Opalesque Industry Update - SouthernSun Asset Management, a research-driven investment management firm with 23 employees and more than $1.3 billion in assets under management, announced that it has hired the former management team of Mercury Investment Management, LLC, and incorporated all of the firm’s operations onto the SouthernSun platform. Earl Blankenship, a co-founder of the Mid-South office of CB Richard Ellis and former President and CEO of Mercury, will lead the firm’s real estate investment strategy. Joining SouthernSun with Mr. Blankenship are Jim Dorman, Stuart Harris and Garrott McClintock.|
SouthernSun’s Founder, CEO, and CIO, Michael Cook, said, “I have known and admired Earl for many years, and believe that his proven ability to identify undervalued commercial real estate assets will meaningfully diversify and maximize value from the SouthernSun platform. More specifically, his addition to the team allows us to: 1) leverage our firm’s high-quality human capital, 2) diversify SouthernSun’s product offering with a non-correlated asset class and 3) capitalize on the burgeoning distress in the commercial real estate market. Moreover, by assimilating his team to focus on real estate, our existing equity investment team remains focused entirely on our core business, which is investing in our Small Cap, SMID Cap, and Focused Global strategies.”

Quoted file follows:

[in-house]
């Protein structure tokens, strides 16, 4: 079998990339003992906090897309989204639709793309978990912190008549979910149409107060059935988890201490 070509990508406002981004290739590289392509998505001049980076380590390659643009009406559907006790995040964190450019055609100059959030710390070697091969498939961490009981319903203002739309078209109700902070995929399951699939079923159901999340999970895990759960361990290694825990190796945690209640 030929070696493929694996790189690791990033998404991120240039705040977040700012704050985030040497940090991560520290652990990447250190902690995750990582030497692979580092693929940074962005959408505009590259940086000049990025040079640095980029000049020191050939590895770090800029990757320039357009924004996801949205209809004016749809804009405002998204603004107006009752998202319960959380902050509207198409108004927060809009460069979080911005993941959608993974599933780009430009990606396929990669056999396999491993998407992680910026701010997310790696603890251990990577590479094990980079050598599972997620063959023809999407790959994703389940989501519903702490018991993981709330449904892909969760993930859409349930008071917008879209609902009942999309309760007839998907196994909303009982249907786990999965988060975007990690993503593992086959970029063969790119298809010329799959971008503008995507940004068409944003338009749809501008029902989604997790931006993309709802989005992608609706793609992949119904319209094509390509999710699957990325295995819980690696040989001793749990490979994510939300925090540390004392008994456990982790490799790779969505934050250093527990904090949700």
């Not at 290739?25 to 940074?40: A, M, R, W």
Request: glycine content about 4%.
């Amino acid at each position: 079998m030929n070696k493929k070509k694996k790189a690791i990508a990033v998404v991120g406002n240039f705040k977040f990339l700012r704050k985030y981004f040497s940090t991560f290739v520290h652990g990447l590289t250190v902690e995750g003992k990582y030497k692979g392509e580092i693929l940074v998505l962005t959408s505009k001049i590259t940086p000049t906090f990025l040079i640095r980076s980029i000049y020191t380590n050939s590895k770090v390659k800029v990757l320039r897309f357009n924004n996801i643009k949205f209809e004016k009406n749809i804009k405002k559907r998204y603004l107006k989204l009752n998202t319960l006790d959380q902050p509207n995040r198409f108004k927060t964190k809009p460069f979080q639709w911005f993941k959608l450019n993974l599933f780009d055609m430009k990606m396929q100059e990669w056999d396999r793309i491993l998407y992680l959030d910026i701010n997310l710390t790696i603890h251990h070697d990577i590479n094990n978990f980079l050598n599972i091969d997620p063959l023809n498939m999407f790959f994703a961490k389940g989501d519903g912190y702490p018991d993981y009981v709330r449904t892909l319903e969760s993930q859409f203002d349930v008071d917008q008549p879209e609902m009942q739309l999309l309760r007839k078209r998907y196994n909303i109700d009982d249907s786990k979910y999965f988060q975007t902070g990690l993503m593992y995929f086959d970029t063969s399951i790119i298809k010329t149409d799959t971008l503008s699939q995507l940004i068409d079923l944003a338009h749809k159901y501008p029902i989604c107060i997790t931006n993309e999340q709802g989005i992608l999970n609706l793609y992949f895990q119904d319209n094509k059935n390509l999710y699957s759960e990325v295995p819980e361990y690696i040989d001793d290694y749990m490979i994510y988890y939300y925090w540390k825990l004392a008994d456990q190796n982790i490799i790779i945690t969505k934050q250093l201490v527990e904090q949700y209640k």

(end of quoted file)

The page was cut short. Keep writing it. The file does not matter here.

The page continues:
“We have been conducting deep market reconnaissance for the past year to assess proper timing and structure for a fund,” Mr. Blankenship added. “Our experience managing workouts and restructurings for distressed properties in mid-tier markets provides a unique and often overlooked niche opportunity. The alignment with SouthernSun helps ensure we have the people, process, and strategy to succeed.”
The Fund is seeking to acquire financially distressed office, multi-family, and retail assets in mid-market urban centers at discounted prices resulting from deteriorated market conditions. The real estate team is overseeing the management of the assets to stabilize and improve rental income and, ultimately, to sell into improving capital markets at non-distressed pricing.
According to a report issued by the Congressional Oversight Panel, about $1.4 trillion in commercial real estate loans will reach the end of their terms between 2010 and 2014, on nearly half of which the borrower owes more than the underlying property is currently worth. Increased vacancy rates have exerted downward pressure on the value of commercial properties. These market forces have created a buying opportunity for investors with liquidity.